In honor of its new exhibition, Roads of Arabia: Archaeology and History of the Kingdom of Saudi Arabia, the Sackler Gallery recently hosted Eid al Arabia: A Cultural Celebration. The morning began with a symposium on archaeological discoveries in the Arabian Peninsula, followed by a day of activities for families. These included sessions on Arabic calligraphy; storytelling by Surabhi Shah; concerts of traditional Saudi music; and an archaeology program for budding explorers. All told, nearly 3,000 people traveled the roads of Arabia, digging a little deeper into the art, history, and culture of the ancient kingdom.
In honor of Nowruz, Xanthe Gresham returns to the Freer|Sackler on March 4, to tell more exciting tales from the Shahnameh. Bento caught up with the London-based storyteller who has been described as ‘The Aerial Artiste of the Spoken Word.’ Xanthe has worked extensively for the British Museum performing epics from Iran, Iraq, and Ireland, Native American stories, and stories for numerous exhibitions such as The Magic of Persia.
Bento: Tell me about the power of storytelling.
Xanthe Gresham: Storytelling is pure enchantment. It actually is magic and you perhaps only realize how magical it is when you need it. I could go on forever about the power of this enchantment but I’ll tell you two stories. Firstly, I was working as a primary school teacher in a difficult inner city school in London and I was working my socks off. I would get up in the early hours, work until at least 9pm and only stop working at 4pm on Sunday. And I failed, and failed, and failed again with the children. I call it the ‘trying to sell a kitchen’ syndrome. If somebody calls you up on the phone to sell a kitchen, even if you want a kitchen, you don’t want to buy it from them. I was trying to ram knowledge down the children’s throats. And then I told them a story. It was for myself. I’d given up. A storyteller, Ben Haggarty, had come into the classroom the day before and he had enchanted me, never mind the children, and I wanted to have a go. It was for myself. I had fallen in love with the art. The children had never listened to me. They hated listening to me but now they rocked back on their heels, relaxed, their jaws went loose and they listened for 20 full minutes.
I was stunned. It wasn’t me. I had failed so many times before. It was the story. The children taught me I was a storyteller. They didn’t want anything else from me—the stories made us both happy. They comforted us, made us laugh, took us away from curriculums and deadlines and made us the best of friends. It was a long, hard lesson, hard enough to last a lifetime and worth every minute.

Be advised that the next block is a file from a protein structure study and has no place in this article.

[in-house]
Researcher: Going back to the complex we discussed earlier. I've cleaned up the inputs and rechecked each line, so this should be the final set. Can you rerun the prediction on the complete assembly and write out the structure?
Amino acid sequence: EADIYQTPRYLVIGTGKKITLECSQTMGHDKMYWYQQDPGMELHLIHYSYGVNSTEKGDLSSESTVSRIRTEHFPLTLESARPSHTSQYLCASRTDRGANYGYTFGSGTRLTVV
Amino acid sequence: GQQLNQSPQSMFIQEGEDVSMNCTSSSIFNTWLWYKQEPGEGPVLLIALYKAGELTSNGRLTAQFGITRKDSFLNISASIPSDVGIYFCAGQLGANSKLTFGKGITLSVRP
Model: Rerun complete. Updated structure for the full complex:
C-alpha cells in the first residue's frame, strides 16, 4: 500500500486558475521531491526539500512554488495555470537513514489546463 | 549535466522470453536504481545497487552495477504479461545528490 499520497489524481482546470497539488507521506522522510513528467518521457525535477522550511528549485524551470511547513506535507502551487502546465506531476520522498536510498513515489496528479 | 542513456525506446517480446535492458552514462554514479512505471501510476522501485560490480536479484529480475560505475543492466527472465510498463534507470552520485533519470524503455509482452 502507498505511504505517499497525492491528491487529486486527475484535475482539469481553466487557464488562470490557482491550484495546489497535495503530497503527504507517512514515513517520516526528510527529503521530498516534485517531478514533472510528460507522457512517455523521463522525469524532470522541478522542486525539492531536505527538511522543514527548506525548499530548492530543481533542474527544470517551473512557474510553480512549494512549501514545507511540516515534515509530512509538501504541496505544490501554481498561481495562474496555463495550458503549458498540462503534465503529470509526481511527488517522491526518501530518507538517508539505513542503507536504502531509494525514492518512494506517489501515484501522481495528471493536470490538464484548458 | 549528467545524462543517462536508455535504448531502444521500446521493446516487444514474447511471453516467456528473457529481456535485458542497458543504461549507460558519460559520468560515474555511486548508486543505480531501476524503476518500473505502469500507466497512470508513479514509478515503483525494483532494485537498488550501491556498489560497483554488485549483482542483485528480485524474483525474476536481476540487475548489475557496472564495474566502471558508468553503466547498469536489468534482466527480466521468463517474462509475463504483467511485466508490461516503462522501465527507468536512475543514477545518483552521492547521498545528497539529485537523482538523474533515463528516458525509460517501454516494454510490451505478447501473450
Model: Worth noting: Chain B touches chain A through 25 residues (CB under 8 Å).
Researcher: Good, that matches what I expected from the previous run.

Second story: Life went pear shaped. I lost everything and there was nowhere to turn but stories. They were all I trusted. I love that story of Azar Nafisi’s on your blog where she quotes her father talking to her as a child about the Shahnameh, “We have no other home but this….this is our home, always, for you and your brother, and your children and your children’s children.” That says it all. It actually makes me think of the painter Marc Chagall who said, “Everything safe on the canvas.” I think the other story on the blog about Firdawsi and the silver and the gold is wonderful. You can’t take treasure with you when you die but stories never leave you. They dissolve like pearls in your bloodstream; they diffuse into your cells and become encoded in the cells of your children. I don’t have children and yet I have thousands, because of the stories.
Bento: When did you realize that you were a natural storyteller?
Xanthe: I’m always realizing it, I hope.
Bento: There are a lot of strong women in the Shahnameh. Is there a story about a strong woman that you can relate to?
Xanthe: I love the story of Queen Humai, I’m going to tell it on Sunday at the first session of storytelling. I also love Tahmina, [who] turns up in Rustam’s bedroom having rescued his beloved horse and states her case like a lawyer:
‘‘My name is Tahmina,’ she says, ‘I come from a line of lions and fairies and I will kiss you if you dare me. I so adore you and with such passion, I don’t want to be like the weak girls in fashion, who sigh and cry and don’t get what they need. I would have your child if you agreed. Rahksh is your match in strength but I in wit!’ She spoke so wisely, Rustam never doubted it—she was black eyed, rose-cheeked, a rare gazelle—he had to admit he was under her spell….’
Bento: What makes a good storyteller?
Xanthe: The story makes the storyteller and vice versa. That’s all there is to it. It’s all about love—wanting to tell and wanting to be told
Bento: Were you told stories from the Shahnameh when you were growing up?
Xanthe: I wasn’t. But I’ve made up for it, especially thanks to places like the Smithsonian and the British Museum where I can listen to the stories along with the audience. And all audiences are different and because of that the stories are always changing and I hear different aspects that sometimes hit me so strongly I almost forget what’s coming next. Working with Arash Moradi, who did hear the stories as a child is great. He will often tell me a new detail, or song in rehearsal. We’ll tell Bijan and Manijer on Sunday in the third session and he told me all about Rustam finding his instrument, the world’s first tanbur in a tree and taking it down, his fingers finding the frets, and playing. And then he played me Rustam’s tune. That was a special moment for me—it shows how the Shahnameh is not just a book, it’s alive, like a tune on the air, like words dancing between the audience and the teller.